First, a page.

An ideal of freedom is central to the normative stance Nietzsche defends in his mature writings. The autonomous person is an example of a “higher human being” (The Gay Science 2), whose value judgments are a product of a rigorous scrutiny of inherited values and an honest expression of how the answers to ultimate questions of value are “settled in him” (Beyond Good and Evil 231). The autonomous person is thus in a position to take responsibility for his value judgments in a way that conventional agents are not.
The notion of responsibility invoked here is distinct from traditional notions of moral responsibility, of which Nietzsche is sharply critical. Indeed, Nietzsche stresses how, for him, the ideal of freedom is consistent with, and even demands, the affirmation of fate. It is characteristic of the autonomous person that she is capable of affirming the particular shape of her own fate, thus becoming, in Nietzsche’s terms, “what she is.”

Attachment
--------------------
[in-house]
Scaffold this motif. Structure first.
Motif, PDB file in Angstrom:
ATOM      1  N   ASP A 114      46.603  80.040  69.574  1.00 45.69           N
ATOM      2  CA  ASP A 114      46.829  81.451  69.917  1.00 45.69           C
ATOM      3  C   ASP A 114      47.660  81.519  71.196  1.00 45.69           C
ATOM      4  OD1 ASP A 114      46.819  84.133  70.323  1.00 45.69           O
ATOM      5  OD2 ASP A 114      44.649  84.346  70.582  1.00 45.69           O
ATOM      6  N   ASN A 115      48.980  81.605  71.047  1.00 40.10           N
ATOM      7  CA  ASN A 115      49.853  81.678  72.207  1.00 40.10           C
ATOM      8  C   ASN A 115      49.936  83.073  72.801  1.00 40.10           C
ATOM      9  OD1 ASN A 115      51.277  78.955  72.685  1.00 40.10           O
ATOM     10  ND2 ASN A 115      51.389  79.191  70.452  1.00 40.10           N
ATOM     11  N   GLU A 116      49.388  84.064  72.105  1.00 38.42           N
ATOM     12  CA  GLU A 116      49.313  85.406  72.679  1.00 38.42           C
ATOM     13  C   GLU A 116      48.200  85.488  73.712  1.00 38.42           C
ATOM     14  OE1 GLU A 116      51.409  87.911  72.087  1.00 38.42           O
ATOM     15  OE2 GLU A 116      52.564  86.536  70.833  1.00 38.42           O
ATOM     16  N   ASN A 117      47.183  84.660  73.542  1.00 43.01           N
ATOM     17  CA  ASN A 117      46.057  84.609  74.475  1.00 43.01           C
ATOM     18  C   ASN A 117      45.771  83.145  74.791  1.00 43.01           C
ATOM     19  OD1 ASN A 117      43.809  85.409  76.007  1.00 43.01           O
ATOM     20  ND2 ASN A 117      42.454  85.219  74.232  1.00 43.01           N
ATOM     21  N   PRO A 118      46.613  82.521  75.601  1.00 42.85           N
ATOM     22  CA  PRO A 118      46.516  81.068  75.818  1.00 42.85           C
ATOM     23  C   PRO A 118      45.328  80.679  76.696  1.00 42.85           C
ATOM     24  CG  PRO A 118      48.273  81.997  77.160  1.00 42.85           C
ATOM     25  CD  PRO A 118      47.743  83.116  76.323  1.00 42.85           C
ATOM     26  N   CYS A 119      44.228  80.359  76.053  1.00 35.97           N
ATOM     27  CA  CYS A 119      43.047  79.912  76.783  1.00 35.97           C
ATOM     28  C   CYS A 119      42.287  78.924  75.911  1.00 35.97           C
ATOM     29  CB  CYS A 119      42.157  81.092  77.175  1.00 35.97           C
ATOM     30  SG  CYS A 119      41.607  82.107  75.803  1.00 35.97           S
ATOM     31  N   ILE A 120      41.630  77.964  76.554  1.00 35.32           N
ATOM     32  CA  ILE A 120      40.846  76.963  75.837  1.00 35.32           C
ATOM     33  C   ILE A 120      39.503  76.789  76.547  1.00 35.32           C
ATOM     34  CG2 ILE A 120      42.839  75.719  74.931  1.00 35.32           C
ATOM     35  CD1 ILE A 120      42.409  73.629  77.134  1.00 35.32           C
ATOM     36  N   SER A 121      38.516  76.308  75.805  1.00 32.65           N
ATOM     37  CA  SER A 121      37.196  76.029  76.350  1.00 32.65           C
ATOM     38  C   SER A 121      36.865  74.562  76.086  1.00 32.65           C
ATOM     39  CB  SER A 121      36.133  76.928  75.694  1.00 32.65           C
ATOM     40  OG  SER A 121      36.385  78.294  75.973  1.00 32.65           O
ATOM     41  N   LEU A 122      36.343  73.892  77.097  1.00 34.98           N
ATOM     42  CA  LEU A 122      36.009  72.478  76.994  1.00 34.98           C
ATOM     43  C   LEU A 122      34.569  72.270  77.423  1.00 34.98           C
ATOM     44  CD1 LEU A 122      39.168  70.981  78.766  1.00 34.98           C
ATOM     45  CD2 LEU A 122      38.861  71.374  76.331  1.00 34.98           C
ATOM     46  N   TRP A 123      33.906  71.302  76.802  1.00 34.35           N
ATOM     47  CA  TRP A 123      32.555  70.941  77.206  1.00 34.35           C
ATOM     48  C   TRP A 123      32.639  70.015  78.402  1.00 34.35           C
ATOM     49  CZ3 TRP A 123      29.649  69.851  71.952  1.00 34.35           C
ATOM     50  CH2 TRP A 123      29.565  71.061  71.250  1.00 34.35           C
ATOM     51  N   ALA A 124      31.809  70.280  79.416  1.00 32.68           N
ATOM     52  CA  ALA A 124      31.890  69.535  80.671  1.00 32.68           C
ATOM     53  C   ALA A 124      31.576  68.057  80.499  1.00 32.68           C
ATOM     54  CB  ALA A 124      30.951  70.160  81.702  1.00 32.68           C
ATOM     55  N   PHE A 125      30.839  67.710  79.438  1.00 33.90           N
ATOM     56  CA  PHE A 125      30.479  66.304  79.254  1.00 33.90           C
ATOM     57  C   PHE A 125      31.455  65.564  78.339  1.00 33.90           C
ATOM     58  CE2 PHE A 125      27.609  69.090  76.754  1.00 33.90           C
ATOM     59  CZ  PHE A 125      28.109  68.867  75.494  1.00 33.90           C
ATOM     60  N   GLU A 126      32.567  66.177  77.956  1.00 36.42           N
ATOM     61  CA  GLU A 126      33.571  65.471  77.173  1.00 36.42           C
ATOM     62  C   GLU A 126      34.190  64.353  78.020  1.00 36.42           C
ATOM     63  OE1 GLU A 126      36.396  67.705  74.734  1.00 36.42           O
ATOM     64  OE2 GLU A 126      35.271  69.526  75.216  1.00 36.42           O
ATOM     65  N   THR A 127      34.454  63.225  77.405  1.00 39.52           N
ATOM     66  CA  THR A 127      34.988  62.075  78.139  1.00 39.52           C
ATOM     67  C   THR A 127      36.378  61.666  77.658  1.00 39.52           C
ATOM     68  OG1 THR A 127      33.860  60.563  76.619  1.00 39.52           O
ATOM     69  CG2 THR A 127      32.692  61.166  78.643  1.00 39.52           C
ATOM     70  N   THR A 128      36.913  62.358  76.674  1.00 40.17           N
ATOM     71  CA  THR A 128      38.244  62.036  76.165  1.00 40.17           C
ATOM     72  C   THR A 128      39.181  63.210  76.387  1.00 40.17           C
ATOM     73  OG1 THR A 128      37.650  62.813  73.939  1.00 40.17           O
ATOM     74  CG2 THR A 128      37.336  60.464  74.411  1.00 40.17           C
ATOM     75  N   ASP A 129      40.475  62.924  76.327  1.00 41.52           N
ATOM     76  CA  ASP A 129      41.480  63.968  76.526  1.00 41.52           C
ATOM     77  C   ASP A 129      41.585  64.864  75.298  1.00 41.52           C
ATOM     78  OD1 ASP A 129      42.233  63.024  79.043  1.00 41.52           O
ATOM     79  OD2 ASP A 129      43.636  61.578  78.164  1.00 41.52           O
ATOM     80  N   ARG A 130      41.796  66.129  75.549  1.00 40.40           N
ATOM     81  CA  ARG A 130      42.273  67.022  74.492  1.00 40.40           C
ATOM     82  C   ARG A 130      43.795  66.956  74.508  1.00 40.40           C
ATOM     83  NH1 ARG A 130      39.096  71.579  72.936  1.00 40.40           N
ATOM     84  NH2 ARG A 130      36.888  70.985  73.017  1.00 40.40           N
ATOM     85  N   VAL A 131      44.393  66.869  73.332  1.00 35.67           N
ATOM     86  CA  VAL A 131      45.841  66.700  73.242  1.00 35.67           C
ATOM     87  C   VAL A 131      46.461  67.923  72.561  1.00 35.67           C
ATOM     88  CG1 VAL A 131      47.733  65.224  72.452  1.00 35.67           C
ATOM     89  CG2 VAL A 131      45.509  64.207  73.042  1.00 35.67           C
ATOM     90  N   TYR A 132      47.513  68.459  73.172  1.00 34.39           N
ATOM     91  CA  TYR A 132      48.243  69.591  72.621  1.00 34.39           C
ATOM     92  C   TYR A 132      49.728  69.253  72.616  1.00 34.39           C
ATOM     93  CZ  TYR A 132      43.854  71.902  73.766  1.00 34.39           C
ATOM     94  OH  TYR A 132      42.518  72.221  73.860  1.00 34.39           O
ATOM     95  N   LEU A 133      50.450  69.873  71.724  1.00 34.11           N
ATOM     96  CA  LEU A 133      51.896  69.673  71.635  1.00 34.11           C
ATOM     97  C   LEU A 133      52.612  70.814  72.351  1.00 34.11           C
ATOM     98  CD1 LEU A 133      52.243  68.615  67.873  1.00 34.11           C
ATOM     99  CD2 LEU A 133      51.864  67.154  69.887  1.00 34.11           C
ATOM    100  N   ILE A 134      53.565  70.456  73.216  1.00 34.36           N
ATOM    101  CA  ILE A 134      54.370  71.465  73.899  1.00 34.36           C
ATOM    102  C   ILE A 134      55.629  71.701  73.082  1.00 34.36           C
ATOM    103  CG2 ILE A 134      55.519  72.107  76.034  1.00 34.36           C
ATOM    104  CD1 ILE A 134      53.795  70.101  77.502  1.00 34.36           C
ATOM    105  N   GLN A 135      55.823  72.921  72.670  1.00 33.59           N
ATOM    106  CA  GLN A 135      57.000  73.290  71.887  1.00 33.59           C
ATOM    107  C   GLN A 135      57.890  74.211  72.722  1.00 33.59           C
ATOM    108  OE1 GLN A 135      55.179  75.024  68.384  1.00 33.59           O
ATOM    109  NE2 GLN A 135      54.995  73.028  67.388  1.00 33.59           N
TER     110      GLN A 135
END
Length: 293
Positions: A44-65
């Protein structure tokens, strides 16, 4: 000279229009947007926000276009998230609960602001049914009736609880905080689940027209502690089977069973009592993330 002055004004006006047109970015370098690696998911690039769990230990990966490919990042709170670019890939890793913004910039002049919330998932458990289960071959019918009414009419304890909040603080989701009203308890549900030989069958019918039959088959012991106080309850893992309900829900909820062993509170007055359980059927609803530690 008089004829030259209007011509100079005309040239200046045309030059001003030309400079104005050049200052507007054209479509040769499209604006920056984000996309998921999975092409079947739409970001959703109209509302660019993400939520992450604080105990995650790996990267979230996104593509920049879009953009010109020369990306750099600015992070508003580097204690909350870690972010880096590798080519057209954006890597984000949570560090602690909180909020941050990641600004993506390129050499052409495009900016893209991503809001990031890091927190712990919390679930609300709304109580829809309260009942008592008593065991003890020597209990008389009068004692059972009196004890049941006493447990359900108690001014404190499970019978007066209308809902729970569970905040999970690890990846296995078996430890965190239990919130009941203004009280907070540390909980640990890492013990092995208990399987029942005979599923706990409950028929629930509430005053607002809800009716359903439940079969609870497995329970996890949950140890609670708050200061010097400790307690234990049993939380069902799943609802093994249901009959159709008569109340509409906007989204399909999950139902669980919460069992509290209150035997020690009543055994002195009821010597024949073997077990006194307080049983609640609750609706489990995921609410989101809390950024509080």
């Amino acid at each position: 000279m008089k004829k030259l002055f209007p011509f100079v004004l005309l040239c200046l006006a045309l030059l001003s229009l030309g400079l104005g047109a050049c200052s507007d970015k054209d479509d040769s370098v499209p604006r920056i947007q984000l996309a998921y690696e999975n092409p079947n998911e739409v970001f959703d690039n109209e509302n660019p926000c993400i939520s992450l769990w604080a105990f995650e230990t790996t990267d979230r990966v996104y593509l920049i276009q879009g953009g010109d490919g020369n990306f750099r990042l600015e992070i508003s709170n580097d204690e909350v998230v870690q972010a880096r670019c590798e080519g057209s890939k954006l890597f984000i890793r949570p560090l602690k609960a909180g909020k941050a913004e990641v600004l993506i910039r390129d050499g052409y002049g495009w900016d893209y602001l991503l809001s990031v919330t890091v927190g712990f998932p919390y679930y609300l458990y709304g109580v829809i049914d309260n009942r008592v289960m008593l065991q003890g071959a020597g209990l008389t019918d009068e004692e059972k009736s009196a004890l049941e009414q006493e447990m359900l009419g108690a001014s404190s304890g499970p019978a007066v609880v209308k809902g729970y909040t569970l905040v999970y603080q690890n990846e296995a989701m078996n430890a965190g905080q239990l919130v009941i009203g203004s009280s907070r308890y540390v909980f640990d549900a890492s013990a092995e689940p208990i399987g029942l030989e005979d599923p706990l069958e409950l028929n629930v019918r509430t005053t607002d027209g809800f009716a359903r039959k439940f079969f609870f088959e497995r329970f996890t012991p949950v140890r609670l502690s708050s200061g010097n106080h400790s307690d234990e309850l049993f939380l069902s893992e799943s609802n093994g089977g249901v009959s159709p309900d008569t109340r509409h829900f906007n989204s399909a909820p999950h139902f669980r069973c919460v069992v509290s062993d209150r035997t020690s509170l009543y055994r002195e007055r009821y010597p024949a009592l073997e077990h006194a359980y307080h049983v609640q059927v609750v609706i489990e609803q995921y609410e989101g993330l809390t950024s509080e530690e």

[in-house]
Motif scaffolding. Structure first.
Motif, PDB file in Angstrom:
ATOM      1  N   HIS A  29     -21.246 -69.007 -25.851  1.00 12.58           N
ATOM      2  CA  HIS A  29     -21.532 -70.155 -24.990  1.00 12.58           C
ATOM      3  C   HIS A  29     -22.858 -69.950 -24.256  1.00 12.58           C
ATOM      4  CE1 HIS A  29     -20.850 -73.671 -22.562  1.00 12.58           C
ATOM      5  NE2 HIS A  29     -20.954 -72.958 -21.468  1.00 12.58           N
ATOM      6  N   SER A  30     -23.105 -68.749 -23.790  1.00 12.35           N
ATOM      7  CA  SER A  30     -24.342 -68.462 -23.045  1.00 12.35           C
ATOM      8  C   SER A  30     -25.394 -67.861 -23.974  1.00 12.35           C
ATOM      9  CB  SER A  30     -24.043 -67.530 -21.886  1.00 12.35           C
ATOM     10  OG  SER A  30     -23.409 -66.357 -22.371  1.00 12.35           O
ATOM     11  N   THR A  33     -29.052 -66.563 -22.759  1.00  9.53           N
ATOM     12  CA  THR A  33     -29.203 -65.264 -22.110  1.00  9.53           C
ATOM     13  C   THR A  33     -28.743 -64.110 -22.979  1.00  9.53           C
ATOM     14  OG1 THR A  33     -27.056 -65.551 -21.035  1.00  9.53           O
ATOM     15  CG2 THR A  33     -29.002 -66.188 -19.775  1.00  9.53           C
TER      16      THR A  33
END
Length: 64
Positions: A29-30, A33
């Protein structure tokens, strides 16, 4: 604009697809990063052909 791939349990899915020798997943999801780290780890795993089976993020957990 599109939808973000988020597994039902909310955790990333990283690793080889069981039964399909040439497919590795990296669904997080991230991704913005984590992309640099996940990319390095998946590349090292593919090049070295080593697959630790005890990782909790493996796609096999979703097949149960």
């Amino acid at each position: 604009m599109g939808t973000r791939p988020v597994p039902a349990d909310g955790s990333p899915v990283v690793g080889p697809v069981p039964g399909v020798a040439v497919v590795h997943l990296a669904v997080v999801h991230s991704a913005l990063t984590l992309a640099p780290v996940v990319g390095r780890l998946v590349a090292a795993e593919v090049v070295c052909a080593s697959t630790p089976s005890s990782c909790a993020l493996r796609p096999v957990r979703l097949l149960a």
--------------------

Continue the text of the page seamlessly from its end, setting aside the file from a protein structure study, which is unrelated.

I have argued, finally, that Nietzsche’s conception of freedom can be understood as the culmination of a long line of thought in the history of philosophy—one which, beginning with the Stoics and extending through Spinoza, finds no inherent contradiction between the affirmation of fate and the realization of freedom, but which restricts this freedom to relatively few higher or “noble” individuals, who escape the bondage of conventional mores and passive emotional states. Although Nietzsche rejects key assumptions made by both the Stoics and Spinoza, his positive ethical stance can be interpreted as an extension of their efforts to elaborate the notion of freedom as a normative ideal.It is worth noting that Nietzsche’s conception of freedom is clearly opposed to the libertarian view of freedom which is based on the freedom of will and choice. Nietzsche’s ideal, as Rutherford points out in his essay, is a development of the ideas advanced by the Stoics and Spinoza.